Michael Gira painting – how to frame giant Swans

Recently, we took in a 4′ X 6′ canvas with more than a few challenges and some interesting history. The painting is a self-portrait by Michael Gira. In 1982, Gira formed the post-punk band Swans. The group was one of the “New York No Wave” bands. Before coming into our customer’s possession, the painting had belonged to Swans keyboardist/vocalist/songwriter Jarboe. The now-owner is a huge Swans fan and was very excited
to get it framed properly.

Michael Gira & Jarboe 1994

Typically, a canvas should be stretched. But many details in Gira’s painting, including his signature, went all the way out to some of the edges. Stretching the canvas would mean hiding all that when we wrapped it around the stretcher bars. When the customer informed us that he had limited space to hang the huge painting in, we realized a solution that would solve both dilemmas. We decided to wrap just the side edges around an acid-free, rag mat board. The mat board would be big enough, safe enough, and thin enough. In order to show the top & bottom edges, we would leave those as-is, and float the entire piece on black suede mat board. The deep color of the suede would practically disappear, almost looking like empty space or a shadow between the image and the frame. The customer chose one of our Roma collection for the frame. And rightly so – it needed to be a substantial frame to carry something of this size & weight, and the hand-finished nature of the Romas made it appropriate for such a special item.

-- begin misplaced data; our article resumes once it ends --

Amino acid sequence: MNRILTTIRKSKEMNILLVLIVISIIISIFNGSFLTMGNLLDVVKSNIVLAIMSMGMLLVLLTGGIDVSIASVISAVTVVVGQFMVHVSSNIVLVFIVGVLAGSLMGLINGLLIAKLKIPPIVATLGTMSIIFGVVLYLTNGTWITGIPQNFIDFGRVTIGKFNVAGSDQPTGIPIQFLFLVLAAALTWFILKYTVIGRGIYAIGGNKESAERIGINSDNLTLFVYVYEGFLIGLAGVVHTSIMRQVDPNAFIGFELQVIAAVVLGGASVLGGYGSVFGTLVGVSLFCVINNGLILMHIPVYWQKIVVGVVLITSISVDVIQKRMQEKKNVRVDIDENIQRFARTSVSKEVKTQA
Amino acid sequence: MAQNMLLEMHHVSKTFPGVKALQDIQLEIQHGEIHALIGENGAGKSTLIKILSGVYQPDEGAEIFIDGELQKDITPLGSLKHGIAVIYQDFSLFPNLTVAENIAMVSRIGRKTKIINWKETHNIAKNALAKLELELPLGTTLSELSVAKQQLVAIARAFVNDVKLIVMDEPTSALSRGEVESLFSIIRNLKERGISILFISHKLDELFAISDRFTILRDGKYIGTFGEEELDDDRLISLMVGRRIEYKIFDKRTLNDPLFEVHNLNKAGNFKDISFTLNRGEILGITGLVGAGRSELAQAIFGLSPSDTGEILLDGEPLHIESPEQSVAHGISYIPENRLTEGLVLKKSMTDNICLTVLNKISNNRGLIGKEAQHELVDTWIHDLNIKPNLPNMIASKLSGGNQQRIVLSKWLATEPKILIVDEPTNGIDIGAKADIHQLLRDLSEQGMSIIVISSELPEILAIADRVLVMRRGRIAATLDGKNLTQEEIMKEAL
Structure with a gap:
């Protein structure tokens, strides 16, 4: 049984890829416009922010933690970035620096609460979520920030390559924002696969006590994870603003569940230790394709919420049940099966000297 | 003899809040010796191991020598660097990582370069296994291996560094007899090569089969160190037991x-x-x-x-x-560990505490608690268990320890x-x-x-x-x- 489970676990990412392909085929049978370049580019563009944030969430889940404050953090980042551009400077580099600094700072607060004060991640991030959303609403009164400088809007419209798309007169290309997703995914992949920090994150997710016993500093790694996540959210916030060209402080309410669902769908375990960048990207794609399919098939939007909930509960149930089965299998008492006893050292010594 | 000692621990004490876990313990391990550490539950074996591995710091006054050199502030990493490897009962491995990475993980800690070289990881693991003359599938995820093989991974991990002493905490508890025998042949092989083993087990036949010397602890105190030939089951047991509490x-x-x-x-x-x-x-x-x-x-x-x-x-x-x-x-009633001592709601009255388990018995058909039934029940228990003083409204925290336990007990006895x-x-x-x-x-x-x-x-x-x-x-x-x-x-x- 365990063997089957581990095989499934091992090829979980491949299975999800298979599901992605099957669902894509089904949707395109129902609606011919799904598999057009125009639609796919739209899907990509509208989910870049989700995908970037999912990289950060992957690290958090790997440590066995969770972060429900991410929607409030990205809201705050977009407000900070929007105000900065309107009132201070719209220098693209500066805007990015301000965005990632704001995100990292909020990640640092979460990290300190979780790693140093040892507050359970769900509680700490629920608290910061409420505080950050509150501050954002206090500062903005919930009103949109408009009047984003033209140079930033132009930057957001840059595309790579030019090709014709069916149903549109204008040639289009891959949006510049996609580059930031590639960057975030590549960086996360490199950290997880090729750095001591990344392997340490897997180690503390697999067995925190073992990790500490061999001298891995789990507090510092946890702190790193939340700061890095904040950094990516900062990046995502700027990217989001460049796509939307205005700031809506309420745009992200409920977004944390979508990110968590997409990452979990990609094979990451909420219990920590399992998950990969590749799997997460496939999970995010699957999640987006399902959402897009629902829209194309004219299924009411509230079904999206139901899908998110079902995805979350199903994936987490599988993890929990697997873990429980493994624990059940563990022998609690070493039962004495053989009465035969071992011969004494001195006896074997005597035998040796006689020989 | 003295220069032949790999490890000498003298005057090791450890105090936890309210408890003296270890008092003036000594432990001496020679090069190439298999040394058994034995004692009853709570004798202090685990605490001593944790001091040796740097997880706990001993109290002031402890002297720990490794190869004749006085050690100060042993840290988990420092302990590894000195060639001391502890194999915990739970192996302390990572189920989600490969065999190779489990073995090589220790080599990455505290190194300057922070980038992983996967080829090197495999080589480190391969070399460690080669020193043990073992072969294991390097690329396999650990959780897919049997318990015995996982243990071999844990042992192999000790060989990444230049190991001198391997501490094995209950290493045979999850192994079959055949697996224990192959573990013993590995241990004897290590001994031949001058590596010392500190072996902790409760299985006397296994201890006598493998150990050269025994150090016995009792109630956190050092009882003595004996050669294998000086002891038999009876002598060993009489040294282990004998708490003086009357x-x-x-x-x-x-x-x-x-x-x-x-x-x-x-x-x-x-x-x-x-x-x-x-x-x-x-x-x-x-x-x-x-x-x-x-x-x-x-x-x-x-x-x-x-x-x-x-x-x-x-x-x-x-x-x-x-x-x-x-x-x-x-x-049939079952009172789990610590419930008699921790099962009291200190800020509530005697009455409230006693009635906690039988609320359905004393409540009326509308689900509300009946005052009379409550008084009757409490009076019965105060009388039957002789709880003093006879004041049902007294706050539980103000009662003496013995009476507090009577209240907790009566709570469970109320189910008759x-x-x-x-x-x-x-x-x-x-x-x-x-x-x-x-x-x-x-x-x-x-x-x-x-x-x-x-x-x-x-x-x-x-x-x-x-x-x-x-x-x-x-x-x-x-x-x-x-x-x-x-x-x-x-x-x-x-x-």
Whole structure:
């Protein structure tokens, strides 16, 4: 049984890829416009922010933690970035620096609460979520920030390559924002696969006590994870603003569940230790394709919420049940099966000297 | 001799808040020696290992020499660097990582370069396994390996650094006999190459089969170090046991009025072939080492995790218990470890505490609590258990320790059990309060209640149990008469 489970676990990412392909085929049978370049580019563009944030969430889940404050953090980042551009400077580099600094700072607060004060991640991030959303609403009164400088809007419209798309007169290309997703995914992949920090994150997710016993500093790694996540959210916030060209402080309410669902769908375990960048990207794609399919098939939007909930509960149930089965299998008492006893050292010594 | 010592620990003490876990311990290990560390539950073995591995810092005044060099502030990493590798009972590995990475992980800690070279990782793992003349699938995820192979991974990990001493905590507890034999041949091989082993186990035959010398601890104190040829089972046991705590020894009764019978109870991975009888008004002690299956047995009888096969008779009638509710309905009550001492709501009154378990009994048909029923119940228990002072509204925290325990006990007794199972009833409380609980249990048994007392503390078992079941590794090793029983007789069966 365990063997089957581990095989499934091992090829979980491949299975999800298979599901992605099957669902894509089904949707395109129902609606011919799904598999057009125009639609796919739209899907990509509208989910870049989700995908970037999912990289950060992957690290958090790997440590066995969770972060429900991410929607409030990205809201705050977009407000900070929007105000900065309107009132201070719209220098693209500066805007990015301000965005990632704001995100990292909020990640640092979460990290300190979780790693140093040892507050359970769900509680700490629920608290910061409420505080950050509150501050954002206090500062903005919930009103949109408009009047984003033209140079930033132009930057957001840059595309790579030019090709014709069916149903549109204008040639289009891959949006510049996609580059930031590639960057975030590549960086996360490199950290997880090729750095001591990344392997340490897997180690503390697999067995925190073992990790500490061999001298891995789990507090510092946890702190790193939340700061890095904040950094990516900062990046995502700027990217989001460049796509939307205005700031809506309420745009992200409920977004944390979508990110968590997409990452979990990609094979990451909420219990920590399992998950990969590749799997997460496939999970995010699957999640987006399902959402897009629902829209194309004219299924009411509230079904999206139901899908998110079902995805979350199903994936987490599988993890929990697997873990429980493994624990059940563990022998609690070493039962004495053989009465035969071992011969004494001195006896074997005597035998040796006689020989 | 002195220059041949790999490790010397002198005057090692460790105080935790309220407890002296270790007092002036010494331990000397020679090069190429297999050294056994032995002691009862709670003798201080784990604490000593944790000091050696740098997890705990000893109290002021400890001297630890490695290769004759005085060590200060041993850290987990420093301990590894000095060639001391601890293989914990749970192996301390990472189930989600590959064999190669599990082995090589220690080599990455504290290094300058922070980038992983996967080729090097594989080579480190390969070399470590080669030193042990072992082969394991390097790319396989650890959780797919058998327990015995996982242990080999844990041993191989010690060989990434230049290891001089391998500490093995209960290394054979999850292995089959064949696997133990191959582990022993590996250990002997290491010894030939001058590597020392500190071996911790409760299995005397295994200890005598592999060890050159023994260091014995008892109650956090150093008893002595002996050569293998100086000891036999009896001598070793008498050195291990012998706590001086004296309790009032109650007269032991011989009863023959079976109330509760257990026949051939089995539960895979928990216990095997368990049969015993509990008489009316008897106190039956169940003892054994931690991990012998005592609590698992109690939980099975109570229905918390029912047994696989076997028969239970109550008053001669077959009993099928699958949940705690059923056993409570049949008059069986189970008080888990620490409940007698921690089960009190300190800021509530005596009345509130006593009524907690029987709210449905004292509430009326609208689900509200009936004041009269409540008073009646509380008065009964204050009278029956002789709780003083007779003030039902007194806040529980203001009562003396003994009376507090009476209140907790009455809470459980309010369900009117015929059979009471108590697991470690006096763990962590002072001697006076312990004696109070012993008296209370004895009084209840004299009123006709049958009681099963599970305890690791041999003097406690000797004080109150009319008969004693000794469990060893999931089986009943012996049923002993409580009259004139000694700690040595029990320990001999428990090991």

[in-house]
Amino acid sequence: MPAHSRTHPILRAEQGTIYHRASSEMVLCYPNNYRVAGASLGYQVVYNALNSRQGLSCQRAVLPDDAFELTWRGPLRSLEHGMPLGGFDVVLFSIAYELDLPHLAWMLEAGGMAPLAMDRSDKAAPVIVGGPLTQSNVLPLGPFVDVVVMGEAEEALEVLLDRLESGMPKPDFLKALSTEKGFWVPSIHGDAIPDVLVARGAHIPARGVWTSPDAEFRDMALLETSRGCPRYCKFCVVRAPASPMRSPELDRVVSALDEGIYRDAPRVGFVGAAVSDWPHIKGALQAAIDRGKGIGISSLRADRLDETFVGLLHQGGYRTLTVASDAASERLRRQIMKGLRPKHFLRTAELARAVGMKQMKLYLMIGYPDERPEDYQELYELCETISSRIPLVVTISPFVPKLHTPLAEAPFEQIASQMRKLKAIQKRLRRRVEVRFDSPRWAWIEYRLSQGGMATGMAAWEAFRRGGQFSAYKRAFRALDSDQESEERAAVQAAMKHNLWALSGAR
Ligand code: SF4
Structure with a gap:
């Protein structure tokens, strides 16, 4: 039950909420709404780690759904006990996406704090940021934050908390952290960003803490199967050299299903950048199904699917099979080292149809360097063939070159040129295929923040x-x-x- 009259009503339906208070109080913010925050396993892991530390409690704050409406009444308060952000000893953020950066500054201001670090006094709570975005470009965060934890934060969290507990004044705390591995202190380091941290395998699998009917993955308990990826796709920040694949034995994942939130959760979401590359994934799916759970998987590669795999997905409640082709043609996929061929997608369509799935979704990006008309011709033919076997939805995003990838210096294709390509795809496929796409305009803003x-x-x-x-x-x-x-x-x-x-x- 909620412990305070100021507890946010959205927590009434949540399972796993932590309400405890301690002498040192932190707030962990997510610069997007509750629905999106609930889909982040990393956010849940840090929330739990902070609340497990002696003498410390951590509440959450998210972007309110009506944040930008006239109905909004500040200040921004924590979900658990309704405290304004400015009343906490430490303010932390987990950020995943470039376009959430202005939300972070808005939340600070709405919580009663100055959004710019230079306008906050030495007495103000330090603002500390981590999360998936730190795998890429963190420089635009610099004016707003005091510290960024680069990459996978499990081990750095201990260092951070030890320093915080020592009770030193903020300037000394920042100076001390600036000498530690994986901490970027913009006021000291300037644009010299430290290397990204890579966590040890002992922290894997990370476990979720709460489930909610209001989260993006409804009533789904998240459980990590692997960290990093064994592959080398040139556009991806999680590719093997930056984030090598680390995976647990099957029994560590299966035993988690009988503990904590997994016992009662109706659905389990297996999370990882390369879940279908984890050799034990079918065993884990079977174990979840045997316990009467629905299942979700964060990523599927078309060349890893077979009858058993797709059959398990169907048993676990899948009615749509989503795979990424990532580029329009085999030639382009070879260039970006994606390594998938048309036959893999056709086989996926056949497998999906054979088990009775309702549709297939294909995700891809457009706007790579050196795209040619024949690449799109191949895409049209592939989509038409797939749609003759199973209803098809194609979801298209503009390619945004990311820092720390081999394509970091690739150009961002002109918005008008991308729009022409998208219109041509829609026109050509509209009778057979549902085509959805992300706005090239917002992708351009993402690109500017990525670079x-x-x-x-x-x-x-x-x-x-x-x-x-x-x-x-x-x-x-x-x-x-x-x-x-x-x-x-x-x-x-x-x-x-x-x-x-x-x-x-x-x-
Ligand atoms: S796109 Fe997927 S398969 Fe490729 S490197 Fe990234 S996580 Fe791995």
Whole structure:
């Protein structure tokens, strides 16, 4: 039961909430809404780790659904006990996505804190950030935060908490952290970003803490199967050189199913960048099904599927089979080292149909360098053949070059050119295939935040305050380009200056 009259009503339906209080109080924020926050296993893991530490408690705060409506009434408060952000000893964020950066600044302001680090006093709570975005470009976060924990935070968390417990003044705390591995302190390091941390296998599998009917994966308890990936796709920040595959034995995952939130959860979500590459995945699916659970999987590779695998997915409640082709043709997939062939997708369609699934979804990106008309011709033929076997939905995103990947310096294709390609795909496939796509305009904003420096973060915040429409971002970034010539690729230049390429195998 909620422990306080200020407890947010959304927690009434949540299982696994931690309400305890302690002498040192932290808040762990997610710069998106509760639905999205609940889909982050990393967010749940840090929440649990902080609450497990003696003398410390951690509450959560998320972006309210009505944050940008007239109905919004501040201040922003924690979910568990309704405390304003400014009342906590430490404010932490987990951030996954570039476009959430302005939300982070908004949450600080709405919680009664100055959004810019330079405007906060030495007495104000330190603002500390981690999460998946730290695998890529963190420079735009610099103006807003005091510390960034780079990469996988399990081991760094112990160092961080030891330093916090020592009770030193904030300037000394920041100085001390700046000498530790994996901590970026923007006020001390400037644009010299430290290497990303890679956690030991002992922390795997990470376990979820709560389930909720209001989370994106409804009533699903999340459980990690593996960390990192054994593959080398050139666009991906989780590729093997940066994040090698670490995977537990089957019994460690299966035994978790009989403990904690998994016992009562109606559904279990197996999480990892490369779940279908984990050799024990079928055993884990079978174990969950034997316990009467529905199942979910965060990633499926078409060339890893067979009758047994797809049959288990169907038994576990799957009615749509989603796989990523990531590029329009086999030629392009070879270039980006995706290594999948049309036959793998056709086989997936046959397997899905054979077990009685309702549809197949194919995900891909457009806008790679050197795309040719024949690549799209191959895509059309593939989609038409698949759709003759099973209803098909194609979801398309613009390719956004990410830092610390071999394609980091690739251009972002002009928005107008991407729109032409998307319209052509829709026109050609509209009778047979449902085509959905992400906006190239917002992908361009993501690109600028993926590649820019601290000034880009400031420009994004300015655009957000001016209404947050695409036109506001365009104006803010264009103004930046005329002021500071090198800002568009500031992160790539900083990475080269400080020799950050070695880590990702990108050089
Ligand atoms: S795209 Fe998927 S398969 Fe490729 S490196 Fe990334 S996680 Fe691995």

Even an oversize sheet of suede mat board wasn’t big enough to float the canvas on. So we seemed two oversize pieces together. That relief cut in the center allows the parts that will be seen on the sides to be flush.

In order to protect the art, it needed glazing. But it’s not safe for glass to touch the canvas. However, plexiglass is porous and conducts heat differently. It’s also much safer at this size.

Whoops! Those gloves have seen better days.

The result is impressive. It’s a minimal look, per the customer’s requests, but it’s not plain or boring. There’s some lovely, subtle detail in the surface of the frame. The finished piece is sturdy and will protect as well as display the art. Everything other than the building of the frame itself took us nearly one day, mostly because of the size. We needed two work tables to assemble it and the job took two framers to make it happen. Well, we’re not called Big Picture Framing for nothing!

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